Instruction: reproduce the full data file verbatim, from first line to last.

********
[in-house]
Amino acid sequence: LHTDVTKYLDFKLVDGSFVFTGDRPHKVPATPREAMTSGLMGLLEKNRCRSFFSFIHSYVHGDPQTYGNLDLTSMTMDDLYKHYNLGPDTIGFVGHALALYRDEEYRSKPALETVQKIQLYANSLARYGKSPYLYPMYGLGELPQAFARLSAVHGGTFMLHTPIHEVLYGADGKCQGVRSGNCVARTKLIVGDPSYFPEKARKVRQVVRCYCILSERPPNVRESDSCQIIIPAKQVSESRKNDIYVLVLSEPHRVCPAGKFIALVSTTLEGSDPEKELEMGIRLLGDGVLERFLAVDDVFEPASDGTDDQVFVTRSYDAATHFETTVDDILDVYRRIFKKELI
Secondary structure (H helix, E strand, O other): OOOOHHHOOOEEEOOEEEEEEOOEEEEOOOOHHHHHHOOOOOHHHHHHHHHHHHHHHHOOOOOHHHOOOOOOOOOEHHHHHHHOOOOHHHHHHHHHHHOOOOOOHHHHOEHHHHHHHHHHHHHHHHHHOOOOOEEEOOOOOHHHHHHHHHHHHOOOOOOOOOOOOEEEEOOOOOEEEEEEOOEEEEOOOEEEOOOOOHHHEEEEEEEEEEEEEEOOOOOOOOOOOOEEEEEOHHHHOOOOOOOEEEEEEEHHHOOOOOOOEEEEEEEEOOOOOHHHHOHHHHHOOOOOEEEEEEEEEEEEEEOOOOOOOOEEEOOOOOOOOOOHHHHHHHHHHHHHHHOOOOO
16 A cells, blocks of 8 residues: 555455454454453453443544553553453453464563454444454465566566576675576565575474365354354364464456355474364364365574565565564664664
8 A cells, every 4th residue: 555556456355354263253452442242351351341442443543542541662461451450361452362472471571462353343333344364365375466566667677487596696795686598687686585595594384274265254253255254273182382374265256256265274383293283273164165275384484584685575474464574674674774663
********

[in-house]
Amino acid sequence: LHTDVTKYLDFKLVDGSFVFTGDRPHKVPATPREAMTSGLMGLLEKNRCRSFFSFIHSYVHGDPQTYGNLDLTSMTMDDLYKHYNLGPDTIGFVGHALALYRDEEYRSKPALETVQKIQLYANSLARYGKSPYLYPMYGLGELPQAFARLSAVHGGTFMLHTPIHEVLYGADGKCQGVRSGNCVARTKLIVGDPSYFPEKARKVRQVVRCYCILSERPPNVRESDSCQIIIPAKQVSESRKNDIYVLVLSEPHRVCPAGKFIALVSTTLEGSDPEKELEMGIRLLGDGVLERFLAVDDVFEPASDGTDDQVFVTRSYDAATHFETTVDDILDVYRRIFKKELI
Secondary structure (H helix, E strand, O other): OOOOHHHOOOEEEOOEEEEEEOOEEEEOOOOHHHHHHOOOOOHHHHHHHHHHHHHHHHOOOOOHHHOOOOOOOOOEHHHHHHHOOOOHHHHHHHHHHHOOOOOOHHHHOEHHHHHHHHHHHHHHHHHHOOOOOEEEOOOOOHHHHHHHHHHHHOOOOOOOOOOOOEEEEOOOOOEEEEEEOOEEEEOOOEEEOOOOOHHHEEEEEEEEEEEEEEOOOOOOOOOOOOEEEEEOHHHHOOOOOOOEEEEEEEHHHOOOOOOOEEEEEEEEOOOOOHHHHOHHHHHOOOOOEEEEEEEEEEEEEEOOOOOOOOEEEOOOOOOOOOOHHHHHHHHHHHHHHHOOOOO
16 A cells, blocks of 8 residues: 555455454454453453443544553553453453464563454444454465566566576675576565575474365354354364464456355474364364365574565565564664664
8 A cells, every 4th residue: 555556456355354263253452442242351351341442443543542541662461451450361452362472471571462353343333344364365375466566667677487596696795686598687686585595594384274265254253255254273182382374265256256265274383293283273164165275384484584685575474464574674674774663